People have to pay taxes, and usually they do-even though they would rather not. What determines whether and how much they decide to pay depends on more than a cost-benefit calculation. Results from the literature at the intersection of economics and psychology suggest that many factors are relevant, including people's perceptions of how the money is being spent, and who (else) is being asked to pay taxes. The results also suggest ways in which government may be able to use framing and various biases to influence payment of and attitudes toward tax. But much remains unknown, including, importantly, the extent to which tax incentives influence behavior.
For many and, perhaps, most people, tax elicits a visceral and unpleasant reaction-and not just paying tax, but even simply hearing about it, as though it were somehow distasteful. This is true even for law students and many (nontax) lawyers and law professors. As a law professor who sometimes writes about tax I can, and not infrequently do, argue that tax is actually much more interesting than most people think.
Among the interesting questions are those in the realm of psychology: Why do people choose to pay taxes? It is not just because they think they will be caught and punished if they do not. What are the other determinants? If people think others in their community are, or are not, paying tax, does it affect their willingness to pay tax? What about others in their greater society? What principles do people have about how taxes should be assessed? To what extent are people self-serving in their assessments of who should pay what amount of tax? What kinds of strategies can the government use to affect how people feel about tax and their willingness to pay? How do heuristics and biases affect how people perceive particular taxes? Do people's heuristics and biases provide an argument for certain kinds of taxes? All these questions are importantly about the psychology of tax.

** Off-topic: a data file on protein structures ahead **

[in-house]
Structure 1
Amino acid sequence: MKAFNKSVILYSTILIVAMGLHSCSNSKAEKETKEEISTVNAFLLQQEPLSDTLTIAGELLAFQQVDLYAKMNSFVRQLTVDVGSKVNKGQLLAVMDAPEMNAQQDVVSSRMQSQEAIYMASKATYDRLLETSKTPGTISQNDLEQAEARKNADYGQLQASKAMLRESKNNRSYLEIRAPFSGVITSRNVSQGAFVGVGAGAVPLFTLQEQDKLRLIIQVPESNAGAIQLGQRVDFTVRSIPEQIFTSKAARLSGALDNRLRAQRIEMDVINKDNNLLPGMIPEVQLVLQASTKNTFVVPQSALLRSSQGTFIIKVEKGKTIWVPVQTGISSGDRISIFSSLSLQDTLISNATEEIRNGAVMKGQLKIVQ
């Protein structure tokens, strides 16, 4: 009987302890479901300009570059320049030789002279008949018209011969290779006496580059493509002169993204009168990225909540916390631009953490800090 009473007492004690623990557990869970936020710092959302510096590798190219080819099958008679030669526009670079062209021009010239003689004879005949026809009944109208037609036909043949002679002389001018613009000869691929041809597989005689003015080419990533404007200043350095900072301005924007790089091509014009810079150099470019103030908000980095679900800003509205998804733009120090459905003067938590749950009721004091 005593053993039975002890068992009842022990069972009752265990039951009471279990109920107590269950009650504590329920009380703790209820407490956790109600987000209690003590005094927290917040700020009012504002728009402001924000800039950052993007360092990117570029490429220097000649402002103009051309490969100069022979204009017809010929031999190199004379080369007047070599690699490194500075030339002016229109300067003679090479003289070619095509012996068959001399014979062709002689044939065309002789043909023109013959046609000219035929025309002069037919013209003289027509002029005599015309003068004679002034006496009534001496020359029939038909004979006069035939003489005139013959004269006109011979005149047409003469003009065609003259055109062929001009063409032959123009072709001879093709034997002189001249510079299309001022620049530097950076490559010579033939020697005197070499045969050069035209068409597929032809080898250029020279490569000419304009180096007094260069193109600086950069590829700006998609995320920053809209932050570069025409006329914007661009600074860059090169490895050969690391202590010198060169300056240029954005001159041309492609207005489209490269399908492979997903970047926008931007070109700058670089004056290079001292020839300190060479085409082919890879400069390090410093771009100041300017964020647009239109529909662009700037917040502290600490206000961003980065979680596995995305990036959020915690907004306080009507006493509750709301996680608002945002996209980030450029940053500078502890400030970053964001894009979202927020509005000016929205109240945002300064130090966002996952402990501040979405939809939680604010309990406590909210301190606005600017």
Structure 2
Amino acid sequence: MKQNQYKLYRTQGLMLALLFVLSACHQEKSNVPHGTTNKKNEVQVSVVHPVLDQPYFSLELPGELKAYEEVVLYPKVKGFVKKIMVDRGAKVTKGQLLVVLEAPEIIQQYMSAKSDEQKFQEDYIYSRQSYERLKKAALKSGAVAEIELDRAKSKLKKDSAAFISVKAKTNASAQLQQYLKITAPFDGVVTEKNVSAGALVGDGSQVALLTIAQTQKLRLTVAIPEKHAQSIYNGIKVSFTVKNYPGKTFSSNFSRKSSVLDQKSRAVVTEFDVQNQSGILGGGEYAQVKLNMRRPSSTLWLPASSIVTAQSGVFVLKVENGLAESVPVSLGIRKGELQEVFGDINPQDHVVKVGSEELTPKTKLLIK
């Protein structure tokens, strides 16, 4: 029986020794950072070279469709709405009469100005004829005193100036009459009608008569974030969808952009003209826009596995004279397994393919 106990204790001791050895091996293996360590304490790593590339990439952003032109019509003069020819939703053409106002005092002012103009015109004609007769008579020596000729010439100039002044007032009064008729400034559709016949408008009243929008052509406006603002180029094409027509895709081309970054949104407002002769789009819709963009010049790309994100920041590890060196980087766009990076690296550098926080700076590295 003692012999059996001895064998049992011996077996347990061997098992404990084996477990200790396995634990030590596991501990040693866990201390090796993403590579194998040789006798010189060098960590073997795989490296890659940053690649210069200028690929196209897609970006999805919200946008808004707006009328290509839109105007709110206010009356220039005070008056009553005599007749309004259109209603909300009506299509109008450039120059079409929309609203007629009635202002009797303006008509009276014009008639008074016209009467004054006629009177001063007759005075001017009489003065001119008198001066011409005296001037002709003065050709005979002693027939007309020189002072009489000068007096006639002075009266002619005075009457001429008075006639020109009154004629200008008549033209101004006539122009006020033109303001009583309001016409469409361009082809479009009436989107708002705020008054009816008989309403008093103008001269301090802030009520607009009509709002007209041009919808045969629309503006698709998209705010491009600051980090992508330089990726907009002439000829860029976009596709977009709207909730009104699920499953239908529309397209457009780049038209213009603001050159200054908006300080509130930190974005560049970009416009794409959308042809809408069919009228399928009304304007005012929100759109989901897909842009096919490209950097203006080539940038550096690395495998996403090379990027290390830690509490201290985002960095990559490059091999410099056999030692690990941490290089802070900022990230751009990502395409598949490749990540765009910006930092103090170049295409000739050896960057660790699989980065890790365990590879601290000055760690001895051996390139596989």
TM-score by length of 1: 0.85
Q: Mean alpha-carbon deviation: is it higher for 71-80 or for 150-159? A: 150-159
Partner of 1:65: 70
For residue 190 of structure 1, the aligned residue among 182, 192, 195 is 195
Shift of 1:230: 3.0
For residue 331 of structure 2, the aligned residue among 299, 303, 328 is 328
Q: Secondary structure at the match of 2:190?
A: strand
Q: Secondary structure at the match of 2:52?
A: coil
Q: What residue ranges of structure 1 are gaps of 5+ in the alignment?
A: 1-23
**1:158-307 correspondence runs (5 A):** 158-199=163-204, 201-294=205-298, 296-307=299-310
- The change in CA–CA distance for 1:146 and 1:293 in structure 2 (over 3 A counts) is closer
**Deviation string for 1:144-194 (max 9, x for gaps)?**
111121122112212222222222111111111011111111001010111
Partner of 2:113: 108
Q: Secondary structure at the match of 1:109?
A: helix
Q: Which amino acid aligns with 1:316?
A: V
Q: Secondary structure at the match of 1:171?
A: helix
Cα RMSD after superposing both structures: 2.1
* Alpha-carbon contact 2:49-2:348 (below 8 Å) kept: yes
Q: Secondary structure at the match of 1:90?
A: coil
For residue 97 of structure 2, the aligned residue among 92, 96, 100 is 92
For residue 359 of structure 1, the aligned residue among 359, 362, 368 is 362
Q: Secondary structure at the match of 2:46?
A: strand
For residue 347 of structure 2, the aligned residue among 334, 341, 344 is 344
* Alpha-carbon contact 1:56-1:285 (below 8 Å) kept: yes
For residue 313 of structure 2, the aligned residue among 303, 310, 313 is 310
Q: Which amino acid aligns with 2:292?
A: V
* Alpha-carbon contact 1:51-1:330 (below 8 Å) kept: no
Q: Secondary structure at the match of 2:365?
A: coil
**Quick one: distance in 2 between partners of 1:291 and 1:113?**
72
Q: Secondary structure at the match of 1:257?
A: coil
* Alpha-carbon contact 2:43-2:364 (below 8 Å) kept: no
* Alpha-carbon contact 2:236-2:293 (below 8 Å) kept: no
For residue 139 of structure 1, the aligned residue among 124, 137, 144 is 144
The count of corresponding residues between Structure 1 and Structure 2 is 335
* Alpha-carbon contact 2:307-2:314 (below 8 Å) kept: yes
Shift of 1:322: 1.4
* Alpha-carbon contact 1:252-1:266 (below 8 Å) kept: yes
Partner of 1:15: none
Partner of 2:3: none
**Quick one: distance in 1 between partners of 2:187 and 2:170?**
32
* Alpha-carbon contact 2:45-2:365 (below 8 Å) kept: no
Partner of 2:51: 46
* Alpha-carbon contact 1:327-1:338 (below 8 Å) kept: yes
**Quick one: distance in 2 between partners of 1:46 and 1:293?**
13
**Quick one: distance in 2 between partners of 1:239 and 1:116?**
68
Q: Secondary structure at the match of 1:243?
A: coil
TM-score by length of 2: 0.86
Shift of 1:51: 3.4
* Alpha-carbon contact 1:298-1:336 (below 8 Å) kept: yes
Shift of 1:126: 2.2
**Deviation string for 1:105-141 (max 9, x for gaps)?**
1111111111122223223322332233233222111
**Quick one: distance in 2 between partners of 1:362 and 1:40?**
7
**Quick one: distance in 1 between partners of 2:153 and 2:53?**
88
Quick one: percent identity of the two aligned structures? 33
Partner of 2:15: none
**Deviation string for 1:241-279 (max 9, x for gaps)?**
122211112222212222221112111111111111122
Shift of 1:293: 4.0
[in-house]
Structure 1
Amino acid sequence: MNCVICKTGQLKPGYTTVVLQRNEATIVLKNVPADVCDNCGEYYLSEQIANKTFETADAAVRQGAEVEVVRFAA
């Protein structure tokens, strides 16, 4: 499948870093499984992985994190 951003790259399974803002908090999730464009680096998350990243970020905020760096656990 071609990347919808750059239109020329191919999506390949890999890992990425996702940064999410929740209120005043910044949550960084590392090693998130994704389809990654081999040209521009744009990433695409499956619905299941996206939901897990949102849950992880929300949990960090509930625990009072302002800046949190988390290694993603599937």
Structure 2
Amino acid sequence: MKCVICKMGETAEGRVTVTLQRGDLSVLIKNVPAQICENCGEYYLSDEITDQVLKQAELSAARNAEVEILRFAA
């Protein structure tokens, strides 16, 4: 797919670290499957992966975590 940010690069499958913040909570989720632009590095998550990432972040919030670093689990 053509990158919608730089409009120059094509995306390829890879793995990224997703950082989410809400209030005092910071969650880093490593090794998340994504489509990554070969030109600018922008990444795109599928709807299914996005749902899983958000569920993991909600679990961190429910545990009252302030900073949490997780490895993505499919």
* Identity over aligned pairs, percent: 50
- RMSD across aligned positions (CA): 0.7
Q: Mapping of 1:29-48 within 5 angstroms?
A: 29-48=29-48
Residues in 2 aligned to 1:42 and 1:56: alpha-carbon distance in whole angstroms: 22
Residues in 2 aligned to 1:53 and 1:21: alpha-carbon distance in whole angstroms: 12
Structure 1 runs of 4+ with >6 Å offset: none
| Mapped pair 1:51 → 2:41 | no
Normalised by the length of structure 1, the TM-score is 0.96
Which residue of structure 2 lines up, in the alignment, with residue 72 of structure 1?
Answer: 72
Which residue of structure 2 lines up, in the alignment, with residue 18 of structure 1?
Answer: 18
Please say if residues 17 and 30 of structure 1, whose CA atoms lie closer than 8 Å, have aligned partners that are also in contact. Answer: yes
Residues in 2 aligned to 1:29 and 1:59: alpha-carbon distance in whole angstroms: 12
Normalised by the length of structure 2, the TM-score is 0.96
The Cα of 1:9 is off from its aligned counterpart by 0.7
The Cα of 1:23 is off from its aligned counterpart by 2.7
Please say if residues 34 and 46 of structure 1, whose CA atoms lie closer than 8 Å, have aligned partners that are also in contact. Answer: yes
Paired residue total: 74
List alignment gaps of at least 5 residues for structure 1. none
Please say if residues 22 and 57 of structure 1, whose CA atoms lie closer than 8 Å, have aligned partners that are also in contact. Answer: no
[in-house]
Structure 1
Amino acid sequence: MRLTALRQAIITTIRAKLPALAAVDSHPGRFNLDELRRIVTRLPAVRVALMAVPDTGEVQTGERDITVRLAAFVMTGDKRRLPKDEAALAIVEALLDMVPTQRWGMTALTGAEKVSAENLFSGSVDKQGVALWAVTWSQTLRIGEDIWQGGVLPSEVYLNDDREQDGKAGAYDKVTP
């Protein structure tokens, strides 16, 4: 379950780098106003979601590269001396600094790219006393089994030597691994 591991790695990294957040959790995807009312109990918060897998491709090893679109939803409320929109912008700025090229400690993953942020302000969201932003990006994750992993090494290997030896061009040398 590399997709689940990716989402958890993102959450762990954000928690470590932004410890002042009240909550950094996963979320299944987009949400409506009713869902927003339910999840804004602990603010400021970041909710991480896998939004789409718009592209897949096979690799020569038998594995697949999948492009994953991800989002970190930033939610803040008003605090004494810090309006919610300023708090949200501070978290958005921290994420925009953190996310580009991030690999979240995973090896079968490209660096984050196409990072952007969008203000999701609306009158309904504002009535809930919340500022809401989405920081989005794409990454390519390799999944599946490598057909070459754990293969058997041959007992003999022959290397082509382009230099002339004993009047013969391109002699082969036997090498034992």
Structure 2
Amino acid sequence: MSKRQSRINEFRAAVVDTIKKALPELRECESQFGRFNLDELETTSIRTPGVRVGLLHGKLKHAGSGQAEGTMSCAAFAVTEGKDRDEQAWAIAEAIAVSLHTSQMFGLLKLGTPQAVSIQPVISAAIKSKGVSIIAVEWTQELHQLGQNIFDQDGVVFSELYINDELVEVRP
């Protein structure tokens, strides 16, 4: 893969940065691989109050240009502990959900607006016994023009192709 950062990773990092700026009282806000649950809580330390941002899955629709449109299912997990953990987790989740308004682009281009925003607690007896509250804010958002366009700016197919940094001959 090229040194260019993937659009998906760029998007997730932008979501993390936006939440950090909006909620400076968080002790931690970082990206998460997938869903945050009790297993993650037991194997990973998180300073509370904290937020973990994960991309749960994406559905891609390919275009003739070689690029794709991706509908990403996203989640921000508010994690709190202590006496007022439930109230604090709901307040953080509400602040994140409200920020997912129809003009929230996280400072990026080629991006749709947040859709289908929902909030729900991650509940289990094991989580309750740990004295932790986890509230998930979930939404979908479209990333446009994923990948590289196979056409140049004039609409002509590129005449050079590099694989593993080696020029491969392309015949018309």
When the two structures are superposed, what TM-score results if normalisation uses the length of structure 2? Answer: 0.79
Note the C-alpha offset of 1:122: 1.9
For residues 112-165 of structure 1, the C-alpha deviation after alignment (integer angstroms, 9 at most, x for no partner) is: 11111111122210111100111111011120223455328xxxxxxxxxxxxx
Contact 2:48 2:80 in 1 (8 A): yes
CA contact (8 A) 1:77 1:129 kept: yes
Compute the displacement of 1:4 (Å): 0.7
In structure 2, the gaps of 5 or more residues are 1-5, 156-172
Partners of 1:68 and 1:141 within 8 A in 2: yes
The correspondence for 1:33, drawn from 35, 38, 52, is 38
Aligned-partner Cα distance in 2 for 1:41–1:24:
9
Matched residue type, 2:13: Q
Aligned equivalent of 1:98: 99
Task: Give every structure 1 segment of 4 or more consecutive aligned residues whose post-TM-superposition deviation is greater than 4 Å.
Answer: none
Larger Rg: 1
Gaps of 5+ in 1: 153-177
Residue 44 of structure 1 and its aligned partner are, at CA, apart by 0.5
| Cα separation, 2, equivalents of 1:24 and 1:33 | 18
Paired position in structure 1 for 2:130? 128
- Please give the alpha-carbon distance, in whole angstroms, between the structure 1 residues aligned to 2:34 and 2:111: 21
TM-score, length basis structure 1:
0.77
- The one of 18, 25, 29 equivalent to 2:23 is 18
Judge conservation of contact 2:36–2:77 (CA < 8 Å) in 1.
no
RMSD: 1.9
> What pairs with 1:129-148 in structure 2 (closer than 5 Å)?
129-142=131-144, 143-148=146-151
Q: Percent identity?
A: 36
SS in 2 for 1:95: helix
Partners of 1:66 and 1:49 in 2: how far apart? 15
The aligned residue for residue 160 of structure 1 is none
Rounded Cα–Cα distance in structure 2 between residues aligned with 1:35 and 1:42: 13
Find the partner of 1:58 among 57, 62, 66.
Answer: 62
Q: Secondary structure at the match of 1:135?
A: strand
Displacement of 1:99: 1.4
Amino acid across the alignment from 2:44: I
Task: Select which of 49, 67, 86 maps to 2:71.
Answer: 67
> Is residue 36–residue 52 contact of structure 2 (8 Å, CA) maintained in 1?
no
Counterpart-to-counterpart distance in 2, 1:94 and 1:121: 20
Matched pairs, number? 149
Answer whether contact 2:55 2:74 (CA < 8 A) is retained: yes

"Where there is an income tax, the just man will pay more and the unjust less on the same amount of income."
"Income tax has made more liars out of the American people than golf."
- Will Rogers, humorist
"Only the little people pay taxes."
- Leona Helmsley, quoted by her maid
The issue on which the most work has been done is tax compliance: What determines whether people will choose to pay tax?1 The hypothesis that the determination is based purely on a rational cost-benefit analysis-that is, a computation of how likely a person is to get caught if he does not pay, how much tax he can avoid, the legal consequences of being caught, and how much trouble it takes to avoid tax-has been soundly rejected. People comply a great deal more than such considerations can justify: Paying tax is, in significant measure, voluntary, given current levels of enforcement (Andreoni, Erard, & Feinstein, 1998; Cullis, Jones, & Lewis, 2006a, 2006b; Feld & Frey, 2007; Kirchler, 2007; Torgler, 2007). There is evidence for each of the following as a determinant of tax compliance: a person's ethics, religious beliefs, moral conscience, and honesty; whether a person anticipates guilt and shame from noncompliance;2 and the social norms of the group a person identifies with (Kirchler, 2007; Torgler, 2007). A generic recourse to risk aversion might work as an explanation-people will pay a great deal to avoid risk, even if the risk is remote-but such an explanation is distinctly unsatisfying, especially given the size of the benefit relative to any plausible estimation of the risk.3
Of course, economic factors are relevant-most notably, the probability of detection. All else being equal, a person who receives some income in cash "off the books" is less likely to report it than is someone who receives a paycheck in the same amount for the same work, where the salary information is also being sent by the employer to the IRS. …